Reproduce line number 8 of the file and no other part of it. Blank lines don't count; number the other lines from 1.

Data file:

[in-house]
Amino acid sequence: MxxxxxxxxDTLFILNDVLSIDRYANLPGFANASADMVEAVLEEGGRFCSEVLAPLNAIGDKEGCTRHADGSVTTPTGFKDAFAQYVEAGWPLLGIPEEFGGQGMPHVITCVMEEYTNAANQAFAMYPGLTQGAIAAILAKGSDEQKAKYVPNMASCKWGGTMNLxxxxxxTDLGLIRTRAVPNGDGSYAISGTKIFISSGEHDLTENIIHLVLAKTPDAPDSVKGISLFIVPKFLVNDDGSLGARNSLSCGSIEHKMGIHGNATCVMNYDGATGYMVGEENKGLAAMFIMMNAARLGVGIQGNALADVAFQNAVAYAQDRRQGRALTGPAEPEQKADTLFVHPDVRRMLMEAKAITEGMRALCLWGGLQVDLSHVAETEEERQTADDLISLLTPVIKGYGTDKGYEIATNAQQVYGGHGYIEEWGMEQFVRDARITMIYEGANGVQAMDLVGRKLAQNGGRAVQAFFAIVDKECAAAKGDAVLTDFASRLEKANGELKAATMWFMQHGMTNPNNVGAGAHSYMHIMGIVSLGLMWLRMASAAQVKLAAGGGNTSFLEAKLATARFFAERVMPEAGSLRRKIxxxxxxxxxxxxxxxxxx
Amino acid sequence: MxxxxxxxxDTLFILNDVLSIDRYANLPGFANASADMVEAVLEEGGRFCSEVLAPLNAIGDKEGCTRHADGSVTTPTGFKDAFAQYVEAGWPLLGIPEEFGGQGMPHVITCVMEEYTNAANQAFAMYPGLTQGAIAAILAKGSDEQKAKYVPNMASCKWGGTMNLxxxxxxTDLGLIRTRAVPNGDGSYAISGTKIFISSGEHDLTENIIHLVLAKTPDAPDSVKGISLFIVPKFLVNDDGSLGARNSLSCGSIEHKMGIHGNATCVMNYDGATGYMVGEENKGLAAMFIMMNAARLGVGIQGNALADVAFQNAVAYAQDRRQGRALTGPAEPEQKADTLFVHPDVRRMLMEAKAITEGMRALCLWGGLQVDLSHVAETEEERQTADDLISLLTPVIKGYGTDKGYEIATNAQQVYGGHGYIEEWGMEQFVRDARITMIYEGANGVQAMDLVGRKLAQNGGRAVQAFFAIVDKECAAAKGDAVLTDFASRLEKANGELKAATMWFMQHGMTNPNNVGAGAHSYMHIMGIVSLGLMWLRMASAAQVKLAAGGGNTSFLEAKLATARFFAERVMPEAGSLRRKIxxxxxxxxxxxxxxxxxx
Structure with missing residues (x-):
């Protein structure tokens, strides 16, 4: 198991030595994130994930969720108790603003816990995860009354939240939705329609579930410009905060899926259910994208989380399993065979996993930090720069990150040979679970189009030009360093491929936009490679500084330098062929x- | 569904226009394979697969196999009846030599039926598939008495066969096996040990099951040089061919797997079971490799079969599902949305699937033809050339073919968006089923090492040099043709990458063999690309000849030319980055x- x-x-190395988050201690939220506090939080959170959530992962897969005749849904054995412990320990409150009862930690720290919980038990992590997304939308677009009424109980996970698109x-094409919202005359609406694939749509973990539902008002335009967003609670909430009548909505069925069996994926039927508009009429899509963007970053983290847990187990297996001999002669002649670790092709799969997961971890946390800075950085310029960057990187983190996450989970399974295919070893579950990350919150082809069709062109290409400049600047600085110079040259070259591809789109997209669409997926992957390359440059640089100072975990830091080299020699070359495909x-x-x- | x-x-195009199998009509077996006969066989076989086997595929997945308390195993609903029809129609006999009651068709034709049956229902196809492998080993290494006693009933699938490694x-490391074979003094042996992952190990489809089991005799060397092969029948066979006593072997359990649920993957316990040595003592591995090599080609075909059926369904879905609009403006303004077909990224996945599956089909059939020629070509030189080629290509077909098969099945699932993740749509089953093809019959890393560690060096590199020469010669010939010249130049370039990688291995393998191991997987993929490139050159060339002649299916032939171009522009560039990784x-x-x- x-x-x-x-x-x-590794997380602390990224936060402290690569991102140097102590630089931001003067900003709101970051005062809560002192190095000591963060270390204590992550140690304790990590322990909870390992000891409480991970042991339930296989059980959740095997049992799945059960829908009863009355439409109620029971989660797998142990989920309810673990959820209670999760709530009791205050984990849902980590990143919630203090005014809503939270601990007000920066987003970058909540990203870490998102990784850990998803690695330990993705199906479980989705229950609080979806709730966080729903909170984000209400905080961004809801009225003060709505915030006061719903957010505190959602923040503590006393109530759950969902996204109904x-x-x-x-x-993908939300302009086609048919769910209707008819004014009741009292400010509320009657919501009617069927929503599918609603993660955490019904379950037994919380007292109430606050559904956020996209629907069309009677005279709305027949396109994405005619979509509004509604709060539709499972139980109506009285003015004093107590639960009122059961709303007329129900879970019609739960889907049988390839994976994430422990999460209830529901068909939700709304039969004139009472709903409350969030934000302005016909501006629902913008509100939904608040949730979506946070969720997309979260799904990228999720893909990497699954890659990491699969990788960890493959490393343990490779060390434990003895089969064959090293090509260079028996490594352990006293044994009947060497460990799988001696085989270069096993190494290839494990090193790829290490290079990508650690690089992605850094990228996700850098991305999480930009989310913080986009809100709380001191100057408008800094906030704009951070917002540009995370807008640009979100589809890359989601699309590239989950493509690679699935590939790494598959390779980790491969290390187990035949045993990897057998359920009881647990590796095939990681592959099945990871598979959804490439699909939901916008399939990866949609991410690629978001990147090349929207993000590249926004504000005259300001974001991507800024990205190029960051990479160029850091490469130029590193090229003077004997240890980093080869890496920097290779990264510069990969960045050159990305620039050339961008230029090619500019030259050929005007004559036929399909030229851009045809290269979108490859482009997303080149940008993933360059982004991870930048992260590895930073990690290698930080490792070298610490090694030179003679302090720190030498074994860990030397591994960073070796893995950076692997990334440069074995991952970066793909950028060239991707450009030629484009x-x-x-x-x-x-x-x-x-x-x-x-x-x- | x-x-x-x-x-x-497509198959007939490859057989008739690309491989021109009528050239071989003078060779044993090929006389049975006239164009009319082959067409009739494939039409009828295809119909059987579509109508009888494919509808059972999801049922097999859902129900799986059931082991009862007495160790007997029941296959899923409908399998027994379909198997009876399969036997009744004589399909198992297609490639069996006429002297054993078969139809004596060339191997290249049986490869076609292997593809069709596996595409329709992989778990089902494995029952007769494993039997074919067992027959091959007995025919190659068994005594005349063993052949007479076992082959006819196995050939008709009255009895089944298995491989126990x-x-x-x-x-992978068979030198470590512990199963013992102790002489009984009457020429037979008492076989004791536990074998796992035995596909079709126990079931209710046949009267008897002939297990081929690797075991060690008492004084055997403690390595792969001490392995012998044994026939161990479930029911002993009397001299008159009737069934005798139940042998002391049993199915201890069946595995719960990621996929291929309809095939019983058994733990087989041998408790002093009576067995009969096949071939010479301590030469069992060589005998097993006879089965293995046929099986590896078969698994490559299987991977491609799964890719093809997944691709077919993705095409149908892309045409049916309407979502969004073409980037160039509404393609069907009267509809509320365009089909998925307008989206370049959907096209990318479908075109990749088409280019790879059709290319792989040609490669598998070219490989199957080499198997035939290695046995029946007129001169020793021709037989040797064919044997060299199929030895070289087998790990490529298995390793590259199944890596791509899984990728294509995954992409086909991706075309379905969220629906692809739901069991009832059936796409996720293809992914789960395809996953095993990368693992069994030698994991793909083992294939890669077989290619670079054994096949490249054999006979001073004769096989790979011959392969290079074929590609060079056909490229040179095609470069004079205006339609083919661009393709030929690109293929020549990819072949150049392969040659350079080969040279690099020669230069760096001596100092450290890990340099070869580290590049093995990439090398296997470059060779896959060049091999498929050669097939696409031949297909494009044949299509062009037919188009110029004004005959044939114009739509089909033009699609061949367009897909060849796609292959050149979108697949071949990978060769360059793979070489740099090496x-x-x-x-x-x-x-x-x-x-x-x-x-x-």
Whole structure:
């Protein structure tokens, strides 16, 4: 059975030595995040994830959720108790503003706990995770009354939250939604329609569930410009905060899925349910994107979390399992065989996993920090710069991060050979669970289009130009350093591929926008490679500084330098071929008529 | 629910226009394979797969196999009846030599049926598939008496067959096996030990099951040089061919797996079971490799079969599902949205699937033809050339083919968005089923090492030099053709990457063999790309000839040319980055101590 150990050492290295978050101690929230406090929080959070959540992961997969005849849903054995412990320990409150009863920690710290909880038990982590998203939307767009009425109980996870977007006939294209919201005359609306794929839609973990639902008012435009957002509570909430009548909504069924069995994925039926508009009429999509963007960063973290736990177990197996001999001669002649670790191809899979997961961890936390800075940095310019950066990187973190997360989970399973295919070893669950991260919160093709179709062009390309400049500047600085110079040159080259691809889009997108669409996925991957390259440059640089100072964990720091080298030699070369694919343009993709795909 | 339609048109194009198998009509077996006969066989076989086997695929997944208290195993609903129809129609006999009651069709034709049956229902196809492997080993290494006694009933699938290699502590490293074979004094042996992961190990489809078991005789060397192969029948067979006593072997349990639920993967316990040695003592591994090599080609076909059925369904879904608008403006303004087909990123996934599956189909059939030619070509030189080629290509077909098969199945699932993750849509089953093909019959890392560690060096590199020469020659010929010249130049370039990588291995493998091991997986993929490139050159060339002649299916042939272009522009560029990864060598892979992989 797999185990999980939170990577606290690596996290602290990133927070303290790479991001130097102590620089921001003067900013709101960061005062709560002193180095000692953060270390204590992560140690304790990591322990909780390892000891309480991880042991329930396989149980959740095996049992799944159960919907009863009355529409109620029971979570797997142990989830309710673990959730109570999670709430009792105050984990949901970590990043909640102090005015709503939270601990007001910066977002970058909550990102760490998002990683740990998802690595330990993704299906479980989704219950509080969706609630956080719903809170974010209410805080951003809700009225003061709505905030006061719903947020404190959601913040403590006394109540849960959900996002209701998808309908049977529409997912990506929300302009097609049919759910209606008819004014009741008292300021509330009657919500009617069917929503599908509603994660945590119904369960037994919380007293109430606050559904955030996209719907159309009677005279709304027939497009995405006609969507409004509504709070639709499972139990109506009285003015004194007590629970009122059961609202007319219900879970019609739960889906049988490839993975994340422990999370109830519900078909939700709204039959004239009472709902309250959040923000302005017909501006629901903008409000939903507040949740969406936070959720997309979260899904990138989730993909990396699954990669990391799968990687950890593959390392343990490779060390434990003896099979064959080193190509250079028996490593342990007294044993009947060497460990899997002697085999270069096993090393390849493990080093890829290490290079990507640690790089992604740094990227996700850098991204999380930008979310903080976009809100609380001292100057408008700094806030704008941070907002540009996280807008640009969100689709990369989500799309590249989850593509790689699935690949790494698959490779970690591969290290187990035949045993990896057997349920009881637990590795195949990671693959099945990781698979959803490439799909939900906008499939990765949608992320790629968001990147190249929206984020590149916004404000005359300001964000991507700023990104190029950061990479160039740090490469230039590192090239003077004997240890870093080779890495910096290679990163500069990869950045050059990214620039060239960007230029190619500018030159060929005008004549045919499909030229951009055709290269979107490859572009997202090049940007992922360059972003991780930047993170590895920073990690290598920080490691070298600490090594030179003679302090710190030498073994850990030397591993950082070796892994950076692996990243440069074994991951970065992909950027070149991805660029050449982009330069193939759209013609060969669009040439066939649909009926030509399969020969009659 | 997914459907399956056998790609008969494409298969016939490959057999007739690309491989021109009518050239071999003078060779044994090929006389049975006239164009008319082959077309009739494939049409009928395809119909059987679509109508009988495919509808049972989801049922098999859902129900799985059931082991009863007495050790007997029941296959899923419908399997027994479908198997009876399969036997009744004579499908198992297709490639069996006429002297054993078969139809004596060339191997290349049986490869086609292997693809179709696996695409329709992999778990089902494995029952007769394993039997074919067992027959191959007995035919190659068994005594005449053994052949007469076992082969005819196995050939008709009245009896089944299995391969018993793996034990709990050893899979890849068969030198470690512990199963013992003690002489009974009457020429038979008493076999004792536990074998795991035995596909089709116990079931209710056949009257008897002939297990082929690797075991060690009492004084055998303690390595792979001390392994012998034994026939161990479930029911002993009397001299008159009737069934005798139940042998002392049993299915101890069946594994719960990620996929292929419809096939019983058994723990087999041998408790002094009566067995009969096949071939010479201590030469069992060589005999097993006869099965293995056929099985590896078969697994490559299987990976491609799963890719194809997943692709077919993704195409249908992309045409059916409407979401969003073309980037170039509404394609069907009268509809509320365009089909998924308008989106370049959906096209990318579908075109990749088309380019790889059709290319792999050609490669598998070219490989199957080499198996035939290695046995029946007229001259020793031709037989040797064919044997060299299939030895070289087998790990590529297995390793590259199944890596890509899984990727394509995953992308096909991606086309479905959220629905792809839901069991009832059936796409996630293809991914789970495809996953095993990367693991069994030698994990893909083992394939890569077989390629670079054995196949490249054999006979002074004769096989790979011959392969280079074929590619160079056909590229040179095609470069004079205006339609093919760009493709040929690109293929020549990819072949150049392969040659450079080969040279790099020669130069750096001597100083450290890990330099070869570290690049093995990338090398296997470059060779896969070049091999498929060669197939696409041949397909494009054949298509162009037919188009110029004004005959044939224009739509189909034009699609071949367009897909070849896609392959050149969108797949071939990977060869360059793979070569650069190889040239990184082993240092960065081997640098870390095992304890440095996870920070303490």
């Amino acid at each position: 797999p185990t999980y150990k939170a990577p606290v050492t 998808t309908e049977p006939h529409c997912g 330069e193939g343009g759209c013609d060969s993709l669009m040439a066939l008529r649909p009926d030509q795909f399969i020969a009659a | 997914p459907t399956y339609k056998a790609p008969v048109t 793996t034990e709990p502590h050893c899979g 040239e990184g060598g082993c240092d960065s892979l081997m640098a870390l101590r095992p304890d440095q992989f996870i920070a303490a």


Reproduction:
């Amino acid at each position: 797999p185990t999980y150990k939170a990577p606290v050492t 998808t309908e049977p006939h529409c997912g 330069e193939g343009g759209c013609d060969s993709l669009m040439a066939l008529r649909p009926d030509q795909f399969i020969a009659a | 997914p459907t399956y339609k056998a790609p008969v048109t 793996t034990e709990p502590h050893c899979g 040239e990184g060598g082993c240092d960065s892979l081997m640098a870390l101590r095992p304890d440095q992989f996870i920070a303490a």